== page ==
Customer service leaders know that a good customer experience has a quantifiable impact on revenue, as measured by increased rates of repurchase, increased recommendations, and decreased willingness to defect from a brand. They also conceptually understand that clean data is important, but many can’t make the connection between how master data management and data quality investments directly improve customer service metrics. This means that IT initiates data projects more than two-thirds of the time, while data projects that directly affect customer service processes rarely get funded.
What needs to happen is that customer service leaders have to partner with data management pros — often working within IT — to reframe the conversation. Historically, IT organizations would attempt to drive technology investments with the ambiguous goal of “cleaning dirty customer data” within CRM, customer service, and other applications. Instead of this approach, this team must articulate the impact that poor-quality data has on critical business and customer-facing processes.
To do this, start by taking an inventory of the quality of data that is currently available:
Chart the customer service processes that are followed by customer service agents. 80% of customer calls can be attributed to 20% of the issues handled.
Understand what customer, product, order, and past customer interaction data are needed to support these processes.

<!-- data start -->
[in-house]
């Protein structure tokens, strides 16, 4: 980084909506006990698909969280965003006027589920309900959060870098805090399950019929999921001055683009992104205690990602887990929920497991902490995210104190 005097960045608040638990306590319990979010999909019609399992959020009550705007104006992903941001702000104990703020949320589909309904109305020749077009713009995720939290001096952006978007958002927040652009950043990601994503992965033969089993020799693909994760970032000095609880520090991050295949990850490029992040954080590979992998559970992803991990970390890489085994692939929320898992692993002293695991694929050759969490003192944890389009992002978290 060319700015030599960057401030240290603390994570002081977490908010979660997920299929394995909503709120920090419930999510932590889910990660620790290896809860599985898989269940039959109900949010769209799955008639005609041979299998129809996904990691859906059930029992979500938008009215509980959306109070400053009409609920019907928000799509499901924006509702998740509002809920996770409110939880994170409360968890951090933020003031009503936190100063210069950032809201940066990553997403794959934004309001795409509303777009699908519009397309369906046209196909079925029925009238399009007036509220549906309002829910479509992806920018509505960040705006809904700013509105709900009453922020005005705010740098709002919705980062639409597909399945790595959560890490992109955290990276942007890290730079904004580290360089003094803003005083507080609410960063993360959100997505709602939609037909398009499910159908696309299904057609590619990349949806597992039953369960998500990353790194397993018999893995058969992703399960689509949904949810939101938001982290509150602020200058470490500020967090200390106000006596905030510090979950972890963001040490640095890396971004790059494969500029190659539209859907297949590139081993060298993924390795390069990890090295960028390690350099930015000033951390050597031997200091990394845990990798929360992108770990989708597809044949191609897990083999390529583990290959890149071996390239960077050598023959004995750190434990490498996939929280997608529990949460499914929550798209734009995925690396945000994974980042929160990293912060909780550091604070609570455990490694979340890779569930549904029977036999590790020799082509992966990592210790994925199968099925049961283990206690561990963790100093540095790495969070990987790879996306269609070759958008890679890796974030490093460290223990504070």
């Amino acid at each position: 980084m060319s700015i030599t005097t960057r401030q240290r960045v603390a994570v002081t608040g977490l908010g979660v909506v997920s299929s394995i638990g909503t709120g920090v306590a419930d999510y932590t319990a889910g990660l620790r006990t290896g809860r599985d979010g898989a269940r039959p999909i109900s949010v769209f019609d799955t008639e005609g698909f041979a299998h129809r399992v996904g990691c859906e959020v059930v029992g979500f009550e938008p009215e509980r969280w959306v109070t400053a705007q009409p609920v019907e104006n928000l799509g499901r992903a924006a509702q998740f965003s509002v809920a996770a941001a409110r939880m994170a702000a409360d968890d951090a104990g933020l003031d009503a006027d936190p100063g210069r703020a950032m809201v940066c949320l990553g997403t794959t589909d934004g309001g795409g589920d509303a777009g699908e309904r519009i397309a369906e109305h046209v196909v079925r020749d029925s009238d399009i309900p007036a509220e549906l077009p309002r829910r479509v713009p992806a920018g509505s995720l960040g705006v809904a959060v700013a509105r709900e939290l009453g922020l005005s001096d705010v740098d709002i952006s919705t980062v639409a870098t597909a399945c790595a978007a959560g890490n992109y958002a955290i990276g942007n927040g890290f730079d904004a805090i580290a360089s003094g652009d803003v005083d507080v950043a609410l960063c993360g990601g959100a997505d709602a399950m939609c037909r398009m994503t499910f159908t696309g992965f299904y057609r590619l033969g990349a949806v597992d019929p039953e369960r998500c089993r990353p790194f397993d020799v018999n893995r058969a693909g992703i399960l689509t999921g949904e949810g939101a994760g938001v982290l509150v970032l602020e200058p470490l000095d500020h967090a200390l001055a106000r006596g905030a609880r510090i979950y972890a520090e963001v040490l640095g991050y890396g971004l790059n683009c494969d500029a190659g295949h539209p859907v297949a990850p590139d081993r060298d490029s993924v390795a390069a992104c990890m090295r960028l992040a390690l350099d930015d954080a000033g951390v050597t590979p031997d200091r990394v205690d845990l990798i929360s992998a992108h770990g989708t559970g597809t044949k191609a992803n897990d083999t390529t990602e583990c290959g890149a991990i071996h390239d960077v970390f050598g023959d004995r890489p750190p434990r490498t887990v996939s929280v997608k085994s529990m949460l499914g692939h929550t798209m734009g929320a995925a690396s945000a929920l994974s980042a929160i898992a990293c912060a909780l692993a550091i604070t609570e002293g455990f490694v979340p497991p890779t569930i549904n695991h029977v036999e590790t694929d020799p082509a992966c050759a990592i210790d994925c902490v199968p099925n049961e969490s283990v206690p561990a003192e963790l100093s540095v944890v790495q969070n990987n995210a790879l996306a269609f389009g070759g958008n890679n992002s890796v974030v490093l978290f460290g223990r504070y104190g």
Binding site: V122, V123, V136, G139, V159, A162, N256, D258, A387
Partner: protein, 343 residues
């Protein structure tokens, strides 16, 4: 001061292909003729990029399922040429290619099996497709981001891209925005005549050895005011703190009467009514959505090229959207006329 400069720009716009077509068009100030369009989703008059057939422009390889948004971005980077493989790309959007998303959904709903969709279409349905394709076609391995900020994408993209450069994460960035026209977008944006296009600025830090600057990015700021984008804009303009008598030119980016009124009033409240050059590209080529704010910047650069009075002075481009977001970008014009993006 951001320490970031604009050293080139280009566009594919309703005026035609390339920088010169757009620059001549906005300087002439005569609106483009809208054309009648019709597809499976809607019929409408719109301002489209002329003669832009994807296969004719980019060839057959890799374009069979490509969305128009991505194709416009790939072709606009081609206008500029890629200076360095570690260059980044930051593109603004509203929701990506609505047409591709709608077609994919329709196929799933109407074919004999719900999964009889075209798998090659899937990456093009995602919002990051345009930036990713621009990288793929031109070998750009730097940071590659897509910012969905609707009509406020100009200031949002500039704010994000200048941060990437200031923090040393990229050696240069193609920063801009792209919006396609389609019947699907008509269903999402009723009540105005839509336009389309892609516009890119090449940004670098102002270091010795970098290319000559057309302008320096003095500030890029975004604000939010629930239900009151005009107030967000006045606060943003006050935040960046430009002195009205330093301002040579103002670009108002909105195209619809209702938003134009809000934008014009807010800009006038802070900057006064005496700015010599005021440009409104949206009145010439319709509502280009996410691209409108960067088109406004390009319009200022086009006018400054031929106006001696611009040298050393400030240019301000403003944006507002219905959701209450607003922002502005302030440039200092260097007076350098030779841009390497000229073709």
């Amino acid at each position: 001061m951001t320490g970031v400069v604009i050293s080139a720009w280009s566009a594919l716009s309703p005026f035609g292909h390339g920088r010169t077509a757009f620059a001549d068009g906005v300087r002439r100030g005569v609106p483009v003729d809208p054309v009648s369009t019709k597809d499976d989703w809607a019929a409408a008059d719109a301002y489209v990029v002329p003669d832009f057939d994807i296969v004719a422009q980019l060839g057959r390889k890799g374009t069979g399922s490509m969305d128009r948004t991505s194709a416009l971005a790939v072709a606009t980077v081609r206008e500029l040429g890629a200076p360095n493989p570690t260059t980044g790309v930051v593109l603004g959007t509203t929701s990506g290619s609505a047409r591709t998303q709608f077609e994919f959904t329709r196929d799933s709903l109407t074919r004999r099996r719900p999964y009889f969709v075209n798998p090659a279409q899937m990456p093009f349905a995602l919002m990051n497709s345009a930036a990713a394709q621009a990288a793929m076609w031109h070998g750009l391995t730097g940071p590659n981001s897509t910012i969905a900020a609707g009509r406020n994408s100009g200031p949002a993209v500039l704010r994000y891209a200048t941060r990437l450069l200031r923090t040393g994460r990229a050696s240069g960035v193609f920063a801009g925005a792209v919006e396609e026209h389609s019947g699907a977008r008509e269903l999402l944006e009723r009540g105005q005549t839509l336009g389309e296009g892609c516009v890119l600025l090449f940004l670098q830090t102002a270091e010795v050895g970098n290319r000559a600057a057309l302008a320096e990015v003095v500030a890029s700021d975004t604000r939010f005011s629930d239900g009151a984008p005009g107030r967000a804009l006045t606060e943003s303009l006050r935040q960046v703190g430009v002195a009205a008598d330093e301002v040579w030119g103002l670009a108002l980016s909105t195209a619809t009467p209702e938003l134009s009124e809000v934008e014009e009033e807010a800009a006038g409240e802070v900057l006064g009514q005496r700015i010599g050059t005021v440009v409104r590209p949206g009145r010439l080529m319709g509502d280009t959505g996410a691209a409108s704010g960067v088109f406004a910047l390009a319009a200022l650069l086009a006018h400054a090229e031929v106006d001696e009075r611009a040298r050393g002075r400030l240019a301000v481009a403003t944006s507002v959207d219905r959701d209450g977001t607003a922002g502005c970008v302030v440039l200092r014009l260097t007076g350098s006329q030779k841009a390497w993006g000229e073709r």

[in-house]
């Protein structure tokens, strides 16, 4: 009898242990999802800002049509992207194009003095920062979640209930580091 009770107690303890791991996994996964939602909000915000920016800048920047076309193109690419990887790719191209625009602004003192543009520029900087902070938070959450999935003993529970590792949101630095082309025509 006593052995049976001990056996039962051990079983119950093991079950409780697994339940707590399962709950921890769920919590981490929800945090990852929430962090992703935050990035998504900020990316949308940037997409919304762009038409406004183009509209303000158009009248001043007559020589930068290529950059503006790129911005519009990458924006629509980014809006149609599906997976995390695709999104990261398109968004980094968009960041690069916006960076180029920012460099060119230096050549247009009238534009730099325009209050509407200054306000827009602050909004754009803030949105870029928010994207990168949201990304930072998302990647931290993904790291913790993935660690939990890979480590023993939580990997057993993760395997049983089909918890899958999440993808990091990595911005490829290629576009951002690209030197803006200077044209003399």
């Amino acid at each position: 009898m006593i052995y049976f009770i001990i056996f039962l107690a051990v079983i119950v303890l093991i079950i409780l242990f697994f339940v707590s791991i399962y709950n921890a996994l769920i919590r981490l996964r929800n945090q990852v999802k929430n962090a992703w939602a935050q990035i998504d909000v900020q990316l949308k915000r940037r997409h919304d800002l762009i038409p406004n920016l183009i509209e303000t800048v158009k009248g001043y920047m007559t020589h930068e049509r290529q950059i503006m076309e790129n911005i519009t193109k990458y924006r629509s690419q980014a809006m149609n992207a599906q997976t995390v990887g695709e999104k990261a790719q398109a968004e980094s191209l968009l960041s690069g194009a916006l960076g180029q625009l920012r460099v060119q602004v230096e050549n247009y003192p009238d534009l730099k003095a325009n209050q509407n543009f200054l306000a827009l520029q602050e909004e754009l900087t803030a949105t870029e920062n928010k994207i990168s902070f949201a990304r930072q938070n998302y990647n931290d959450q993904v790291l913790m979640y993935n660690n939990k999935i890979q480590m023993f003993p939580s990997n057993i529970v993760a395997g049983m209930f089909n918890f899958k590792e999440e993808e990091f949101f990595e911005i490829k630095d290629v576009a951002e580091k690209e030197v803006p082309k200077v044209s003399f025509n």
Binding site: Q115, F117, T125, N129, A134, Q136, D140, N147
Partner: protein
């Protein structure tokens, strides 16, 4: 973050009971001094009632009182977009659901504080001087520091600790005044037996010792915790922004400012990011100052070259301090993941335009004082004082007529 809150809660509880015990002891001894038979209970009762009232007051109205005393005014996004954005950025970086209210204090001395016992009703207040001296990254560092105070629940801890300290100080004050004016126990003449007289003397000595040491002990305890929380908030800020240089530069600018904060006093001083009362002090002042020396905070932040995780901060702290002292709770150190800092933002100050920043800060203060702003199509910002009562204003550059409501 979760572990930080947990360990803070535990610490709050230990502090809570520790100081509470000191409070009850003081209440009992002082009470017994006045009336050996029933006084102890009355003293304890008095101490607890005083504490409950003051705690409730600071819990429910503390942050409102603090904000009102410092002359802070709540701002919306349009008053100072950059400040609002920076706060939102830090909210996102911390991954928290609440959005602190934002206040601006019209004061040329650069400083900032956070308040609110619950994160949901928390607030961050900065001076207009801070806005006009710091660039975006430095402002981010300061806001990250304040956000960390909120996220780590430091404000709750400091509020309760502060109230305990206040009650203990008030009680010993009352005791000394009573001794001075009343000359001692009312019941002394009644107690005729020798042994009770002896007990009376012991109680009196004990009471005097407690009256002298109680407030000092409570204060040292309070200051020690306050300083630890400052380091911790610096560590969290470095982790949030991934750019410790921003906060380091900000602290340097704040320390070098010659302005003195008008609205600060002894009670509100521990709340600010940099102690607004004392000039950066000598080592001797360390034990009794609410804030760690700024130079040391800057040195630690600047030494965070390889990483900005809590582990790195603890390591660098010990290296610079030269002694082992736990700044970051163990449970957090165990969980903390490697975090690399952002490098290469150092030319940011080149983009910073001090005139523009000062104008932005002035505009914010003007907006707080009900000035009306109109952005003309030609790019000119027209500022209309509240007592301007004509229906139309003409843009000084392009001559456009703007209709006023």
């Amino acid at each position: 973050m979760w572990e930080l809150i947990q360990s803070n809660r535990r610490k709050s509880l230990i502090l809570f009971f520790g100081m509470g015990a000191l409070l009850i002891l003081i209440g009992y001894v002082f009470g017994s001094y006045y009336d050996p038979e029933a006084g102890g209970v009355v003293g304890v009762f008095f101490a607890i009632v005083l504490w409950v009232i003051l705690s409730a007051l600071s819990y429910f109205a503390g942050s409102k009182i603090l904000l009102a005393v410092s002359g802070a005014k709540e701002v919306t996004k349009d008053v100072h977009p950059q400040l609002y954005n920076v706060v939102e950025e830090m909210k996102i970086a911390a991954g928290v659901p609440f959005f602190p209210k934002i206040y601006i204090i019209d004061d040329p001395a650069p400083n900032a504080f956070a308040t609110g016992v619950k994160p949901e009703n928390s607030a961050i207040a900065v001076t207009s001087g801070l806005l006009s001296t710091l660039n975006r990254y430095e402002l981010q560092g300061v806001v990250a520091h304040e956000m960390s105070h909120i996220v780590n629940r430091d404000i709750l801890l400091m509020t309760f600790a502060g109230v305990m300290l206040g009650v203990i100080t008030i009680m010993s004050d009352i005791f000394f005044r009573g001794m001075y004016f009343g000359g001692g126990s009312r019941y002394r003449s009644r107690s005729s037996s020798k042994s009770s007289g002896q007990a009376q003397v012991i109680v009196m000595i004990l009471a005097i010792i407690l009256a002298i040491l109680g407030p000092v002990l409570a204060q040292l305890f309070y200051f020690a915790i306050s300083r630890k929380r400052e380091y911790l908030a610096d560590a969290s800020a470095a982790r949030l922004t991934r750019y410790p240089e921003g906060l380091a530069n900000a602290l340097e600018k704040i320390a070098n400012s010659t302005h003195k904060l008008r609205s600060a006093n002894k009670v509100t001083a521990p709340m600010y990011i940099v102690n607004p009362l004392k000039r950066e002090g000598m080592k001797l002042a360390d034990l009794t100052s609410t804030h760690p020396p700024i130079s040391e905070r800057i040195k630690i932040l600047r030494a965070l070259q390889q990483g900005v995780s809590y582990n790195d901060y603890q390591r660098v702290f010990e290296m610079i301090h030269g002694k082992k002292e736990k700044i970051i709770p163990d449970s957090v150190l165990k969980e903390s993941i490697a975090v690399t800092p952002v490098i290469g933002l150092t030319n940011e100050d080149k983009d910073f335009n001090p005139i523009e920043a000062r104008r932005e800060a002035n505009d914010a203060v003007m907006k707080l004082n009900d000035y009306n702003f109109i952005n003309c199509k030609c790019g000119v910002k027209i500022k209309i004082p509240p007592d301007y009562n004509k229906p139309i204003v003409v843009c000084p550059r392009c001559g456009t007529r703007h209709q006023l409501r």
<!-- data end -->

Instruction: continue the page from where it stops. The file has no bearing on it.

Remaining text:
The following question comes from many of our clients: what are some of the advantages and risks of implementing a vendor provided analytical logical data model at the start of any Business Intelligence, Data Warehousing or other Information Management initiatives? Some quick thoughts on pros and cons:
Leverage vendor knowledge from prior experience and other customers
May fill in the gaps in enterprise domain knowledge
Best if your IT dept does not have experienced data modelers
May sometimes serve as a project, initiative, solution accelerator
May sometimes break through a stalemate between stakeholders failing to agree on metrics, definitions
May sometimes require more customization effort, than building a model from scratch
May create difference of opinion arguments and potential road blocks from your own experienced data modelers
May reduce competitive advantage of business intelligence and analytics (since competitors may be using the same model)
Goes against “agile” BI principles that call for small, quick, tangible deliverables
Goes against top down performance management design and modeling best practices, where one does not start with a logical data model but rather
Defines departmental, line of business strategies
Links goals and objectives needed to fulfill these strategies
Defines metrics needed to measure the progress against goals and objectives
Defines strategic, tactical and operational decisions that need to be made based on metrics
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